When Josephine Tey sets out to write a novel about the notorious Finchley baby farmers, her research helps to solve the recent sadistic murder of a young seamstress. The girl's death seems to be the result of a domestic feud, but when a second young woman is involved in an horrific accident, the search begins for a vicious killer who will stop at nothing to keep the past hidden.
©2010 Nicola Upson (P)2010 WF Howes Ltd
Nicola Upson blew me away with 'An Expert In Murder', and now with 'Two For Sorrow' she's done it again. I found the switch between past and present a little confusing at times but that could have been because of the gaps between my listening sessions. As in 'Expert', the protagonist is Josephine Tey, a fascinating character in her own right, and extremely well-drawn and researched by Upson. The mood of both periods - the first few years of the 20th century and the mid-thirties - is beautifully evoked; the atmosphere of the jail is suitably chilling - in both senses of the word. Equally chilling is the murder of one of the characters, terribly cruel and vivid, yet so well written that, squeamish as I am, I found myself pinned to the tableau that Upson has created in this scene by the sheer excellence of the writing and narration. Nicola Upson is now right up there at the top of my list of favourite crime writers.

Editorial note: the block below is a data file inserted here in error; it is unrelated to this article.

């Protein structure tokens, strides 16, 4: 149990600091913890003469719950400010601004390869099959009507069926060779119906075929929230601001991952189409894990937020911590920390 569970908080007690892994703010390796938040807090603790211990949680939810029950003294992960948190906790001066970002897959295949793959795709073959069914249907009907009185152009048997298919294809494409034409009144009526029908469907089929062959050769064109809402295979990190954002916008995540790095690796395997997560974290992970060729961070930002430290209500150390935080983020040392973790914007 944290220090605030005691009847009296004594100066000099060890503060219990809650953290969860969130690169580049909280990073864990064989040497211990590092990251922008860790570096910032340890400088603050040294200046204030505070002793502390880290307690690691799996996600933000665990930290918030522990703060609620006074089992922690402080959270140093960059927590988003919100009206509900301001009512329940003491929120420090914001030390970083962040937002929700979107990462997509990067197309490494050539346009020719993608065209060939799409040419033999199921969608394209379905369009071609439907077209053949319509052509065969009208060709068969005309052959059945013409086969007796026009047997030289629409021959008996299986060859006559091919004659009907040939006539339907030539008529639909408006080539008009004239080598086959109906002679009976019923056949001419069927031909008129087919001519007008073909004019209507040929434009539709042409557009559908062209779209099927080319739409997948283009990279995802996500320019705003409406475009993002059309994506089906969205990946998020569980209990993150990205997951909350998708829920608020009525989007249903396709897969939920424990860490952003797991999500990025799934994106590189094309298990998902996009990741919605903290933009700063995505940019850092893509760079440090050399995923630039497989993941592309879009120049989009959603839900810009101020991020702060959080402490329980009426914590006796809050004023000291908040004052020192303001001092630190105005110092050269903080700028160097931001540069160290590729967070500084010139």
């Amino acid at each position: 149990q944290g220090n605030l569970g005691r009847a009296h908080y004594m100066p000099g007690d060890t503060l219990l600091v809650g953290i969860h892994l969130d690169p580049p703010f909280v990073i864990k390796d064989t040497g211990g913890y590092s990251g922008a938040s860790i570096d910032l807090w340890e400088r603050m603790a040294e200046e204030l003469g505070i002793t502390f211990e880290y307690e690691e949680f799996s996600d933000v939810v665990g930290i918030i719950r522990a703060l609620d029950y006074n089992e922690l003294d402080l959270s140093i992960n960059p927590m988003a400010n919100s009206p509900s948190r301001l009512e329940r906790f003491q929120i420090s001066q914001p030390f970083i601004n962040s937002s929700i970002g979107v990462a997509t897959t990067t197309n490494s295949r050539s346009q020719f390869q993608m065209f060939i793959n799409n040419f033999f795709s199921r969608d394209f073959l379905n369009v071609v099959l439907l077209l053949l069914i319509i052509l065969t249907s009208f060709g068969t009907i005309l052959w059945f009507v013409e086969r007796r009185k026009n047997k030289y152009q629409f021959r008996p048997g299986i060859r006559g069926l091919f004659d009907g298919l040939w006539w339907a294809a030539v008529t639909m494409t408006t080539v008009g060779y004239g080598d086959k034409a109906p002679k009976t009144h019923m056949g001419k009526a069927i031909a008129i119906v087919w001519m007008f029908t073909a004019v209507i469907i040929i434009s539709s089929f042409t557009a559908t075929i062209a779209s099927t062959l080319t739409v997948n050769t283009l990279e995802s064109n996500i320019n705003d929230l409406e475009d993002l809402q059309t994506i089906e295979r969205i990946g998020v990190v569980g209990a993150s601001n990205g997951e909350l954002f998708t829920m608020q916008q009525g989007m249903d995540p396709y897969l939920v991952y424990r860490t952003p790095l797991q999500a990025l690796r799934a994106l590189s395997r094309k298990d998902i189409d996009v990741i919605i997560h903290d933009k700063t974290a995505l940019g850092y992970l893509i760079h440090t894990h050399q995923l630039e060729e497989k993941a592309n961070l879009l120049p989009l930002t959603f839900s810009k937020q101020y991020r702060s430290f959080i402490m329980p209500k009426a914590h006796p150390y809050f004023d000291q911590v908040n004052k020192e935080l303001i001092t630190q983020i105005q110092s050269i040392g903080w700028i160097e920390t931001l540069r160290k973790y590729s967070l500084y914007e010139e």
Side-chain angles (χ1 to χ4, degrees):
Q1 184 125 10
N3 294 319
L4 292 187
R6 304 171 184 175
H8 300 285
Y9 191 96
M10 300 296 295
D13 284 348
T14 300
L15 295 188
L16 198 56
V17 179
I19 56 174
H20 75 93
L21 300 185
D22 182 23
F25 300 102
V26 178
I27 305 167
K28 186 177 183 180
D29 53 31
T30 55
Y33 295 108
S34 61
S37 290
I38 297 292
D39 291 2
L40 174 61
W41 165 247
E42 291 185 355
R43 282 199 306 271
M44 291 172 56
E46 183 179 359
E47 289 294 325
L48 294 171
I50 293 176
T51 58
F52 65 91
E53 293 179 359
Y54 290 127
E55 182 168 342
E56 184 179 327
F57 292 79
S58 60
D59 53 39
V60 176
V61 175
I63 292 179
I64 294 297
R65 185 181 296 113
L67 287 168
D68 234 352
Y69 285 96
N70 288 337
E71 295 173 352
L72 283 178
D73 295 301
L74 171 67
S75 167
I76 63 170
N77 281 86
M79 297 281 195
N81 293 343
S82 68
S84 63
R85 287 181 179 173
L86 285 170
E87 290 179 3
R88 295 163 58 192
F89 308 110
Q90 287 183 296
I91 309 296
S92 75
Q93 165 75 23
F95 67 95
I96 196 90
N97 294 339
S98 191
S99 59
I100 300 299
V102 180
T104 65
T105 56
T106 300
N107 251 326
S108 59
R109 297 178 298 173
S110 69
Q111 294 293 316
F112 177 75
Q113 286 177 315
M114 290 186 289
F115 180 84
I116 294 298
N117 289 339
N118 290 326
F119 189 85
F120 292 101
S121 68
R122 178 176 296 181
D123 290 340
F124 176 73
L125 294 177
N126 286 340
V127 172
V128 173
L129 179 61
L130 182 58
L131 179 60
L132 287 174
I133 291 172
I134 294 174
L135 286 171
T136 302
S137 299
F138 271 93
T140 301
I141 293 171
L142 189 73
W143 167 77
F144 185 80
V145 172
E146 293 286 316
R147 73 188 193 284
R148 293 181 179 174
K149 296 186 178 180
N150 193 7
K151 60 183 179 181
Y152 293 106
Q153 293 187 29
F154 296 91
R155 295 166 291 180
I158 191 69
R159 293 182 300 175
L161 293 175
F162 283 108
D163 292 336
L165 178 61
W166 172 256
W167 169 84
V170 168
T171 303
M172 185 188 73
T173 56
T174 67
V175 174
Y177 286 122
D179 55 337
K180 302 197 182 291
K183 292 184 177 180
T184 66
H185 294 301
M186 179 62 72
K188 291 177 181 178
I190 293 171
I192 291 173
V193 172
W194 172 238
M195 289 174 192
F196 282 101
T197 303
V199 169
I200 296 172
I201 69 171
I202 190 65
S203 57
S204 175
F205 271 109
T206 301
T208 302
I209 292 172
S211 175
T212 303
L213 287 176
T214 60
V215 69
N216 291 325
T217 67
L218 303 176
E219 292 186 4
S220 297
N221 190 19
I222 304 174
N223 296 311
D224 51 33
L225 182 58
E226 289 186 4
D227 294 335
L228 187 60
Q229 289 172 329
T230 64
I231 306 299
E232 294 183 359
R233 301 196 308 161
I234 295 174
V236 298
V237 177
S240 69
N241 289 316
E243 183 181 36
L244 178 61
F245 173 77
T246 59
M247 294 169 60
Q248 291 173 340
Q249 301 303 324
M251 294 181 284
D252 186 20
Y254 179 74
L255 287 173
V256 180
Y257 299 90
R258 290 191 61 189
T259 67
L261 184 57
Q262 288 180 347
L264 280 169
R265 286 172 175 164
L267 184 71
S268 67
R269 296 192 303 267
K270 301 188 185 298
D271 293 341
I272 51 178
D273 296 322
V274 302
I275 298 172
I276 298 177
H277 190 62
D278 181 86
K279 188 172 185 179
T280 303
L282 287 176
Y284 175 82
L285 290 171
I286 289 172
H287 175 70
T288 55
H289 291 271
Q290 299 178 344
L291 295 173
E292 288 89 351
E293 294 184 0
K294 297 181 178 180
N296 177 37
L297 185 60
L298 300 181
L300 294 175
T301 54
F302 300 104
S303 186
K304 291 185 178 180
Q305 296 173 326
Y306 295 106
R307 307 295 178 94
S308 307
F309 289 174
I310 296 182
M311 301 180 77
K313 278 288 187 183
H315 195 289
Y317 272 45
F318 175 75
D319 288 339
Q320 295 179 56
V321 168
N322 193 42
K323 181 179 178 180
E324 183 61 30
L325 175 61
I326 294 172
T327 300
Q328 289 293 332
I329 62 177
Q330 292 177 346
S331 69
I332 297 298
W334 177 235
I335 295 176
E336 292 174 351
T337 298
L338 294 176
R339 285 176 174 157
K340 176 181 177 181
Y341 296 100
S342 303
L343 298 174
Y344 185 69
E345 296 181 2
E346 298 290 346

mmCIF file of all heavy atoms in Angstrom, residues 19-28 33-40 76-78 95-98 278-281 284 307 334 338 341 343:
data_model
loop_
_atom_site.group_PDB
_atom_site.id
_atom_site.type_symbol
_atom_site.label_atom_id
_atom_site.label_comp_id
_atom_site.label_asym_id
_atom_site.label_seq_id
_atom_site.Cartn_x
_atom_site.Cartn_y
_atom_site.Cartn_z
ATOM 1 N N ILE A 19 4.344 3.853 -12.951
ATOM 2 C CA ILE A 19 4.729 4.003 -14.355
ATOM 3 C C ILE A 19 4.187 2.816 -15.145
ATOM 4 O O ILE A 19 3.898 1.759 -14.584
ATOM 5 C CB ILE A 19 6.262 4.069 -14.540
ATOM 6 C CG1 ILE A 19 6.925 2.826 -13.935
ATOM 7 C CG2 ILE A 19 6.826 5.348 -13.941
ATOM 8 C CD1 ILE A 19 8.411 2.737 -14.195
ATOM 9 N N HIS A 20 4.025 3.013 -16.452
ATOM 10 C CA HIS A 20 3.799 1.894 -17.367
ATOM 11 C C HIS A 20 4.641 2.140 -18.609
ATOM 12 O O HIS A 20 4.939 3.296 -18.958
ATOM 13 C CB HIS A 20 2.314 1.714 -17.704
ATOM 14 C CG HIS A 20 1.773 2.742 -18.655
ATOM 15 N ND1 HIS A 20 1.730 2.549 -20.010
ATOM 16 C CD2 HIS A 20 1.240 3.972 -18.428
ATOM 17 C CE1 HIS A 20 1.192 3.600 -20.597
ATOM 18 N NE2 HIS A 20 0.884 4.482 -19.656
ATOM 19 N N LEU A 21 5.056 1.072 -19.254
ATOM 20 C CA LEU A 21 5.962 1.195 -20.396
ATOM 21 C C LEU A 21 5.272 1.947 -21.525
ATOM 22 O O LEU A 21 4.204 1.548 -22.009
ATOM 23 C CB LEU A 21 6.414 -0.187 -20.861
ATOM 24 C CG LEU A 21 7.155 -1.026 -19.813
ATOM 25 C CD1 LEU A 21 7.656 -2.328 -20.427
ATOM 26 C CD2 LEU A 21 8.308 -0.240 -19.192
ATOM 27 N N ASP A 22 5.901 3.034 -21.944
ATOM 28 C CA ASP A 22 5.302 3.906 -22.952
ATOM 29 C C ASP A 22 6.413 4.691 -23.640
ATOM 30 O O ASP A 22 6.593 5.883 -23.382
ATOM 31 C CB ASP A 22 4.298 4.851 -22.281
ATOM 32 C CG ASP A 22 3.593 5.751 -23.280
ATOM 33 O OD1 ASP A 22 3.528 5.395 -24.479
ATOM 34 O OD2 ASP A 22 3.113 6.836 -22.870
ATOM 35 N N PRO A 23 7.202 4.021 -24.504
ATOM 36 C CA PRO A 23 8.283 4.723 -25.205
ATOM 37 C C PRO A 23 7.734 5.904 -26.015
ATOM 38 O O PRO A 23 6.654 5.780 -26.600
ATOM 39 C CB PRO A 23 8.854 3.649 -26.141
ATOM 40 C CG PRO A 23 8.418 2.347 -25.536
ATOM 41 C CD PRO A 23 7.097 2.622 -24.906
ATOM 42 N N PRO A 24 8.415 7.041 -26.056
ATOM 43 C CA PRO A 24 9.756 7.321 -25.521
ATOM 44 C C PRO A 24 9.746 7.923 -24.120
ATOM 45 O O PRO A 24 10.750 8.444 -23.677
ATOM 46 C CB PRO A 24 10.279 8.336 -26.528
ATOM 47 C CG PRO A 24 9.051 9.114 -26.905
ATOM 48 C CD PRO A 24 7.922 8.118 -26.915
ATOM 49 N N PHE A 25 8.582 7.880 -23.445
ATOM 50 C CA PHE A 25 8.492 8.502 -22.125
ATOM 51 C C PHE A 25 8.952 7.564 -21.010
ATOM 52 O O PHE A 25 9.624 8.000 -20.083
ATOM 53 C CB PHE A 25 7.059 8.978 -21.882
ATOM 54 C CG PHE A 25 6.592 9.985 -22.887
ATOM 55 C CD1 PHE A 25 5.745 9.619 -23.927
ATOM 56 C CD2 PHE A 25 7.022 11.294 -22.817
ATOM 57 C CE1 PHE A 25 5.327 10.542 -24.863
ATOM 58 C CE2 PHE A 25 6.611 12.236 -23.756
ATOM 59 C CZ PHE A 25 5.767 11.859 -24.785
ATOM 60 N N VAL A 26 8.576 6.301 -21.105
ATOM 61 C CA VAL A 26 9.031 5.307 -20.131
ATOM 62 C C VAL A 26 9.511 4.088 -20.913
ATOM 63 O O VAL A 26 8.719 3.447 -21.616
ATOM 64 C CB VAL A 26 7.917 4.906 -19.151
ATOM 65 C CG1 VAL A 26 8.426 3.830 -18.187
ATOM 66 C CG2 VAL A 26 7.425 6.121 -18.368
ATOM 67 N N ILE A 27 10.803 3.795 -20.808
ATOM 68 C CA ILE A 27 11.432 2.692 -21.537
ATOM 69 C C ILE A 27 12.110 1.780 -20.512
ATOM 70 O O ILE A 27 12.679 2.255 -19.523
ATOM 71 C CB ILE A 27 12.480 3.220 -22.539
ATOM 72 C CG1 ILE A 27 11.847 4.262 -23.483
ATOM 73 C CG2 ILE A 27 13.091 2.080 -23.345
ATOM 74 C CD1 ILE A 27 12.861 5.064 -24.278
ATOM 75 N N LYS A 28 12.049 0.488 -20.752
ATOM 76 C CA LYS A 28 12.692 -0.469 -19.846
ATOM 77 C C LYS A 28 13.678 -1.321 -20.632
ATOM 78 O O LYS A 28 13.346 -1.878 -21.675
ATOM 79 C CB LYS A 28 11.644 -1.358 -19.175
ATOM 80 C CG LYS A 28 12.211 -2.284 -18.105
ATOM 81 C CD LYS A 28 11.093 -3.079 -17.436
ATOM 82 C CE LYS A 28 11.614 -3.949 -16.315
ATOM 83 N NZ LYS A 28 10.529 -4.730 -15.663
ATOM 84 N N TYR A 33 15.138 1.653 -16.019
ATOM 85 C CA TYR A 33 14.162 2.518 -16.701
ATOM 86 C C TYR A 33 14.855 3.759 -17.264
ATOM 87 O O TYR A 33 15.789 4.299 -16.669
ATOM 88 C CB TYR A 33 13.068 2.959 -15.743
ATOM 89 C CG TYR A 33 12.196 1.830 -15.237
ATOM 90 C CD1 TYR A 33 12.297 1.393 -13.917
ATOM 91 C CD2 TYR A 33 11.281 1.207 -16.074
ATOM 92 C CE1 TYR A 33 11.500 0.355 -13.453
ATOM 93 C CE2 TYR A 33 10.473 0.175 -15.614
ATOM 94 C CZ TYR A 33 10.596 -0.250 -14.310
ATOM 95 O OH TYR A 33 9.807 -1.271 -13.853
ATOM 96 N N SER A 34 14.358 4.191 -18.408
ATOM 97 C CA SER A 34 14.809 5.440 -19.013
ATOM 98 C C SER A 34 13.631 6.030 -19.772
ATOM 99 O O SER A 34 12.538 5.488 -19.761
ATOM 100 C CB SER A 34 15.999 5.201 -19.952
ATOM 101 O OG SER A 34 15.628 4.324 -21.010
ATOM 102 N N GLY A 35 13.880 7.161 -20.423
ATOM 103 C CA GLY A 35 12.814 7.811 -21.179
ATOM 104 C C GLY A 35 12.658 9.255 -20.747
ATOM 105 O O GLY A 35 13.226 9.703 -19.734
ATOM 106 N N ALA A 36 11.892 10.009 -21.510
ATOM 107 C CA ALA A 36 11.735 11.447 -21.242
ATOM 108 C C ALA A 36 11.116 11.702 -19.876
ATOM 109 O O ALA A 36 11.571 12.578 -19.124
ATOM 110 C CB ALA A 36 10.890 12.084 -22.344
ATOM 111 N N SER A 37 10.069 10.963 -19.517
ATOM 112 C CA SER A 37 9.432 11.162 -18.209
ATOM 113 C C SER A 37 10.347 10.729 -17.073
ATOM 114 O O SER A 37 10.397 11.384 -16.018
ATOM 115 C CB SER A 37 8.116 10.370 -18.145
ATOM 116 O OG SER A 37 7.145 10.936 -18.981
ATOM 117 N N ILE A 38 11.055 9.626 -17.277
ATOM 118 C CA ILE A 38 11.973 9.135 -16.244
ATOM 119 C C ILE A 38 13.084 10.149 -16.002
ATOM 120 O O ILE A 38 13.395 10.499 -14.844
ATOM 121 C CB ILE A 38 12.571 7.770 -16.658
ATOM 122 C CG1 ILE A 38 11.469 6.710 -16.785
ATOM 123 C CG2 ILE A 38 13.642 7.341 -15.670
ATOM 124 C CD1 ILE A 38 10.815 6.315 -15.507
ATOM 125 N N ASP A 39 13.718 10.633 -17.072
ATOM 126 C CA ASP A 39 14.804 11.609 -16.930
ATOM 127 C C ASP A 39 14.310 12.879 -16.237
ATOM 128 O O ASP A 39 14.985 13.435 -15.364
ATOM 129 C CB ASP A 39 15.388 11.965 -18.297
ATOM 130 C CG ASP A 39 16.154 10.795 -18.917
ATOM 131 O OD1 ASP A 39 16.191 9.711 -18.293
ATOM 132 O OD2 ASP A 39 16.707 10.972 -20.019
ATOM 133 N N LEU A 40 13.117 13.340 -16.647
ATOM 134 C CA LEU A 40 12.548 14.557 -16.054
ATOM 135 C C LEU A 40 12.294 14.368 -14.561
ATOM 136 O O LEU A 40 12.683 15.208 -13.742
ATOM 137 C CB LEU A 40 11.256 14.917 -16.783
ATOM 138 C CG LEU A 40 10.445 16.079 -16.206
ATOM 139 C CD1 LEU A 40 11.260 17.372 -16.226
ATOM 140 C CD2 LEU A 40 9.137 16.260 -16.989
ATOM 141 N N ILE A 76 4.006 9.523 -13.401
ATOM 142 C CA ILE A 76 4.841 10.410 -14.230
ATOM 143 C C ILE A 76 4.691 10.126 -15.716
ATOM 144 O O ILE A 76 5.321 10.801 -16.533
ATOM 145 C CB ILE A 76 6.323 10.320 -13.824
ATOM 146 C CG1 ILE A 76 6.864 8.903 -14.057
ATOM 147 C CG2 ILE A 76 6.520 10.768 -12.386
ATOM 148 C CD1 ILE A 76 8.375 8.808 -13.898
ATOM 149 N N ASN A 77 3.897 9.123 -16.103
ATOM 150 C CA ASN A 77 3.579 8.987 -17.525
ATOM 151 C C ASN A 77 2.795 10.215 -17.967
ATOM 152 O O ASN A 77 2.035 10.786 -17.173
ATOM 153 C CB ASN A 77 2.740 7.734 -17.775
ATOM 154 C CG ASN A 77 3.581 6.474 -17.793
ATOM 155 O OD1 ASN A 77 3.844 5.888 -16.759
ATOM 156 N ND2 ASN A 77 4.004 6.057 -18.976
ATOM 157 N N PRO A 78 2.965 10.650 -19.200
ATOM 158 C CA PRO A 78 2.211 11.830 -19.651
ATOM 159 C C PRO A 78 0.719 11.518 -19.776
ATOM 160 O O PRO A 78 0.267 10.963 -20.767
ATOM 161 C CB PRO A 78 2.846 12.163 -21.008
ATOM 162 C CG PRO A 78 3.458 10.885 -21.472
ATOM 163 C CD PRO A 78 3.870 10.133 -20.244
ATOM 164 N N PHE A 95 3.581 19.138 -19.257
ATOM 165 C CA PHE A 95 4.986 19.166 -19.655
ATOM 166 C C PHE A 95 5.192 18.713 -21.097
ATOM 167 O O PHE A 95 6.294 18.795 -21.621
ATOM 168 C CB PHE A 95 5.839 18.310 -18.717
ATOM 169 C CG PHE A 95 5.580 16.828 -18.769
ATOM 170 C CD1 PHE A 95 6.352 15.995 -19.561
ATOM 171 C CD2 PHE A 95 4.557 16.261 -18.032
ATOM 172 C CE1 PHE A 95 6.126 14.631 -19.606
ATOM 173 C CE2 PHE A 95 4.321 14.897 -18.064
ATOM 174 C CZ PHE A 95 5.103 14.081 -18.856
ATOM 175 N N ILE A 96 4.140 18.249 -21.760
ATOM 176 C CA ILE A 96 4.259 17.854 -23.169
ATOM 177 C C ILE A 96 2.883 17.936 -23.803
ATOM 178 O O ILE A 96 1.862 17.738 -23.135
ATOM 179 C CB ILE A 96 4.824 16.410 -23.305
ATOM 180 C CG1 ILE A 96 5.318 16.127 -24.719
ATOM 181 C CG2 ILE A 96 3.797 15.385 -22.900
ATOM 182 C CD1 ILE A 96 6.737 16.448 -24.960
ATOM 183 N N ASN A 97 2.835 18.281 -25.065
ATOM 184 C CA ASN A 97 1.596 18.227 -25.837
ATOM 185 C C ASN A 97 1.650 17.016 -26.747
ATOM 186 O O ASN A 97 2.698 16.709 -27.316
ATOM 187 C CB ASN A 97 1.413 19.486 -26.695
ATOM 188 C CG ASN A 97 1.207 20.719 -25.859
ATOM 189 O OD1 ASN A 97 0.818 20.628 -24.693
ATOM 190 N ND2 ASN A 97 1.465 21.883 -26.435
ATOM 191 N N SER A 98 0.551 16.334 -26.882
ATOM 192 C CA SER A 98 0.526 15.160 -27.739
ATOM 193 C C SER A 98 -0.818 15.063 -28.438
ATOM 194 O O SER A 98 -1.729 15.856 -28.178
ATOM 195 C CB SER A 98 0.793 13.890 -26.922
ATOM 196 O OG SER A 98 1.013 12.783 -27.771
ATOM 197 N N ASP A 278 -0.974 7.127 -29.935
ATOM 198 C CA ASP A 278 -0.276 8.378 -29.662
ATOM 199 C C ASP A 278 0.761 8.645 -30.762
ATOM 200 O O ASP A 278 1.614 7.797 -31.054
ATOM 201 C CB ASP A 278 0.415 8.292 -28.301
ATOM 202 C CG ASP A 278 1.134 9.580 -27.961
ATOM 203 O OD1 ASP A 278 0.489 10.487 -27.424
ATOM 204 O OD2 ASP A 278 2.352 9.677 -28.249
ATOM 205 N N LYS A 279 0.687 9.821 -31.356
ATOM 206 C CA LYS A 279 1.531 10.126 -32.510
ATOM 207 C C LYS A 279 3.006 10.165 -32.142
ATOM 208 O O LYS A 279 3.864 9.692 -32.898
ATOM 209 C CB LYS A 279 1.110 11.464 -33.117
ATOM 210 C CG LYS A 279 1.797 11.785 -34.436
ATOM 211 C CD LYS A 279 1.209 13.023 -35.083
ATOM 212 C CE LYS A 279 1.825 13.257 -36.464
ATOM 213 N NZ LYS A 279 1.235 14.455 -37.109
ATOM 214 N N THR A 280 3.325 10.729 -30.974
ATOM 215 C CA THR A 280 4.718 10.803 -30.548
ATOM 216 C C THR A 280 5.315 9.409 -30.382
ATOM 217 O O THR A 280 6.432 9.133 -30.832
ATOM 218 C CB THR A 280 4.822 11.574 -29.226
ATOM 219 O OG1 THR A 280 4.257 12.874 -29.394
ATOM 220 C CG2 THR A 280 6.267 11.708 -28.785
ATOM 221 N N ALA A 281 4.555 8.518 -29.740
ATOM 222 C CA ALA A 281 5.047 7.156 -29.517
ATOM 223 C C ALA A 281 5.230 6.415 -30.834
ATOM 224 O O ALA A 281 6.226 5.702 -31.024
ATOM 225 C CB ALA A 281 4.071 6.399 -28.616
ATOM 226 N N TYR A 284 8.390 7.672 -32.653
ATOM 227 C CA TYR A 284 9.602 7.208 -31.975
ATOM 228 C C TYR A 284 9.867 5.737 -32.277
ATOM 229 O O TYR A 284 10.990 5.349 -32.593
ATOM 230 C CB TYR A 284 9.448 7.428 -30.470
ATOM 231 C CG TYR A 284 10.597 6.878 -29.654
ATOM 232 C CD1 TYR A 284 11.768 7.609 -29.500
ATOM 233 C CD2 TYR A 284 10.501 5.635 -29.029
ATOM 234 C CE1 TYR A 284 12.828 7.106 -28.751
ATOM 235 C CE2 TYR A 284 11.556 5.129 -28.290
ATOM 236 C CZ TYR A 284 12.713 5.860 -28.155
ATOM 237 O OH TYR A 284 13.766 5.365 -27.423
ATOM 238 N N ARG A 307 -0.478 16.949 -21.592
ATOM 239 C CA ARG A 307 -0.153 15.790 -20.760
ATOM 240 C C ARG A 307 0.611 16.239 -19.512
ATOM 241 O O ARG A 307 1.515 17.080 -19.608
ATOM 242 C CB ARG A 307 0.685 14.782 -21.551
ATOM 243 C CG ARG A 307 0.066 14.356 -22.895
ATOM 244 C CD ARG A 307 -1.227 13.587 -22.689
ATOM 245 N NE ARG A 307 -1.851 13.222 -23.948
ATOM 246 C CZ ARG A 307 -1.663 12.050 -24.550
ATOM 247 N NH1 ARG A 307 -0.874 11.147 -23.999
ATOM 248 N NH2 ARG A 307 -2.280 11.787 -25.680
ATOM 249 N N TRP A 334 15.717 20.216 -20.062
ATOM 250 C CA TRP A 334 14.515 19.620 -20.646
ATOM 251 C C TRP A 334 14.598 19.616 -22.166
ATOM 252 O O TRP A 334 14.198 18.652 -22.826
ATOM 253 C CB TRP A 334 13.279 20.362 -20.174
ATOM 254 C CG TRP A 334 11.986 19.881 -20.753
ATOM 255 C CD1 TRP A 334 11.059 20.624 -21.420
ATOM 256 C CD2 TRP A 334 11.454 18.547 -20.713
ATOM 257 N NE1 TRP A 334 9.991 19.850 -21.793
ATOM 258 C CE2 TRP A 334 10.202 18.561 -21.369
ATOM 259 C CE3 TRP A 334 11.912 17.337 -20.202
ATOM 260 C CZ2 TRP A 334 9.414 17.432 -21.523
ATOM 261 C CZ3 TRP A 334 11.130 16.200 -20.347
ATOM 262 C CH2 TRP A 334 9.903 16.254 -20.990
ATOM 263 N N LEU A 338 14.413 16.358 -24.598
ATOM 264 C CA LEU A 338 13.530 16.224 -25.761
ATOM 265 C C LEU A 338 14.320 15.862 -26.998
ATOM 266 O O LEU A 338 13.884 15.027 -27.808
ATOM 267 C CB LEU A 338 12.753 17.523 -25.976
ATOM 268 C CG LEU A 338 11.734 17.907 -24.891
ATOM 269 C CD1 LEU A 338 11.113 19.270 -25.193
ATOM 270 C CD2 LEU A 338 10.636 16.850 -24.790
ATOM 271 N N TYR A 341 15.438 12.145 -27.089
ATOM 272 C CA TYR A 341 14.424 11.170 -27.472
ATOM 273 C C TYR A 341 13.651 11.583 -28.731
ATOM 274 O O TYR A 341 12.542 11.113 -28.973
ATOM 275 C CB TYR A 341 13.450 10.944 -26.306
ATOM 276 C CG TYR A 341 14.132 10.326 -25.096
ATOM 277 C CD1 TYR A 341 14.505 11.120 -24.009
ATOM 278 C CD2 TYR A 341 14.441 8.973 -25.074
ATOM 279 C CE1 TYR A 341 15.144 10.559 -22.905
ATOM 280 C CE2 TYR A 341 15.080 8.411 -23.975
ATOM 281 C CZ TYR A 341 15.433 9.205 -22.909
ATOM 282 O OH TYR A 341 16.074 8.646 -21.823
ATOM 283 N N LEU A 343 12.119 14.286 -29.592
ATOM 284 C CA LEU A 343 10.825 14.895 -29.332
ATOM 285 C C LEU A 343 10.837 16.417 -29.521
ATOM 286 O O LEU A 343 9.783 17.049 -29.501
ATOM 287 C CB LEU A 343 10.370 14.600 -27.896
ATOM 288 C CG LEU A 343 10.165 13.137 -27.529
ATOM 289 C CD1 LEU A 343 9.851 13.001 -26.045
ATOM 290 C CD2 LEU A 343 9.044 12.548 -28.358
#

Joined Audible in the beginning! 30s, working and a mum, into classic murder mystery, historical, amusing, and Terry Pratchett!
Big fan of Nicola Upson and this is a very well written and read book - although we start to get a few graphic and nasty murder scenes! Another one I had to keep listening to.
I really tried to get to grips with this book. I was interested in the content and period enough to persevere but I only managed to just over half way through. It is rare for me not to "read" to the bitter end but I was unable to fix on any one of the characters to feel any empathy towards them. Sorry!
"great mystery with atmosphere"
I got on to the Josephine Tey series because, somewhere online, someone recommended it as a good follow-up to Agatha Christie. I first tried something else by someone else, so undistinguished that I didn't finish it and can't remember anymore. Then I slowly grew into Upson.
As mysteries go, this one had pretty much all the ingredients you can think of, plus a few more things going for it: good writing, a solid build-up, pretty solid characters in the good old Golden Age style (by which I mean solid and recognizable, but not begging for sympathy, not attempting to sound out all the pop psychology textbooks).
I read the first three, I'll probably read the rest, too. And a thumbs-up for the excellent reader.
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